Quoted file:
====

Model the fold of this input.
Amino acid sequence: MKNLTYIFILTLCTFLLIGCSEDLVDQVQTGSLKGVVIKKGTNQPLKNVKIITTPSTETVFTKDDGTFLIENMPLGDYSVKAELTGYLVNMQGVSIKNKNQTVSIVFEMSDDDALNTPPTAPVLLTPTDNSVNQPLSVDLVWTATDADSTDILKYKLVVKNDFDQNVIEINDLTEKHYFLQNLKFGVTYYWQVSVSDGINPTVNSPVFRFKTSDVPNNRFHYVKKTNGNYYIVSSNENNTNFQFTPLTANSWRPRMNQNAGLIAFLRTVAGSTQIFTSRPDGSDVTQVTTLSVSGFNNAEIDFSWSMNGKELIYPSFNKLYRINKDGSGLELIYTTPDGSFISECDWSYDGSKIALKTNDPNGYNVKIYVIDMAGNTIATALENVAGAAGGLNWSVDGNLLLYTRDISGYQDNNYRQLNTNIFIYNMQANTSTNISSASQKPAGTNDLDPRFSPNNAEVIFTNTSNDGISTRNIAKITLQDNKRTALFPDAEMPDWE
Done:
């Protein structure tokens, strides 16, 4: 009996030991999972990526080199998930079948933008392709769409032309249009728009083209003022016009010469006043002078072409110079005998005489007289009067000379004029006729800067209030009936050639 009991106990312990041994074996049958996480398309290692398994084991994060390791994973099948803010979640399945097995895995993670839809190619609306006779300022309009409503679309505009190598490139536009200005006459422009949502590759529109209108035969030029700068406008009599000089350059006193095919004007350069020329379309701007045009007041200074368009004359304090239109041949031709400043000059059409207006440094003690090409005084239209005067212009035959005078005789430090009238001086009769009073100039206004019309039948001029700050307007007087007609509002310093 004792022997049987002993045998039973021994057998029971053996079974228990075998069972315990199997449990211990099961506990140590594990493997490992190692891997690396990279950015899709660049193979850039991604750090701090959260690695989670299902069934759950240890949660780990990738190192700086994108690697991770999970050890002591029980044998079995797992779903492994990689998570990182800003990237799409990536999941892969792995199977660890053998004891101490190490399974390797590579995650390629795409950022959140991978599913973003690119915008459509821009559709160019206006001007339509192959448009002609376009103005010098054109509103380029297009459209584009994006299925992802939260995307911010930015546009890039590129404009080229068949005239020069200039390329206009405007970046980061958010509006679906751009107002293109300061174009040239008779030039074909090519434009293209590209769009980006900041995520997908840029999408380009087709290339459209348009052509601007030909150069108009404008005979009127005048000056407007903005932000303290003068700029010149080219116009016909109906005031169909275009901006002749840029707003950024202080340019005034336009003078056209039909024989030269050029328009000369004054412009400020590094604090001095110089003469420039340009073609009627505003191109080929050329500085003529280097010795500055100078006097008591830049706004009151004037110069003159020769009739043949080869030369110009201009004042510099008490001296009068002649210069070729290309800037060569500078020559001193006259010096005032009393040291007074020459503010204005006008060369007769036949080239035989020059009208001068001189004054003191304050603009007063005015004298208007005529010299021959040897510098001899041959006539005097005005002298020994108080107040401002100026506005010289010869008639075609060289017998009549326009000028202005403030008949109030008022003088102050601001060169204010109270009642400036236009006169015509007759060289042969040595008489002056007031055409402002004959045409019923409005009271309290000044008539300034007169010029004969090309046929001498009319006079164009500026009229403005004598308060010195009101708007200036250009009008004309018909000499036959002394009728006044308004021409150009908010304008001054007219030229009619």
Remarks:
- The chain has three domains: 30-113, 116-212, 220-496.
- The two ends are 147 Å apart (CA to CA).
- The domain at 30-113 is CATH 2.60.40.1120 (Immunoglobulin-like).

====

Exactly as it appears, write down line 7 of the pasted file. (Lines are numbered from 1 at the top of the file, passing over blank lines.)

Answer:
- The two ends are 147 Å apart (CA to CA).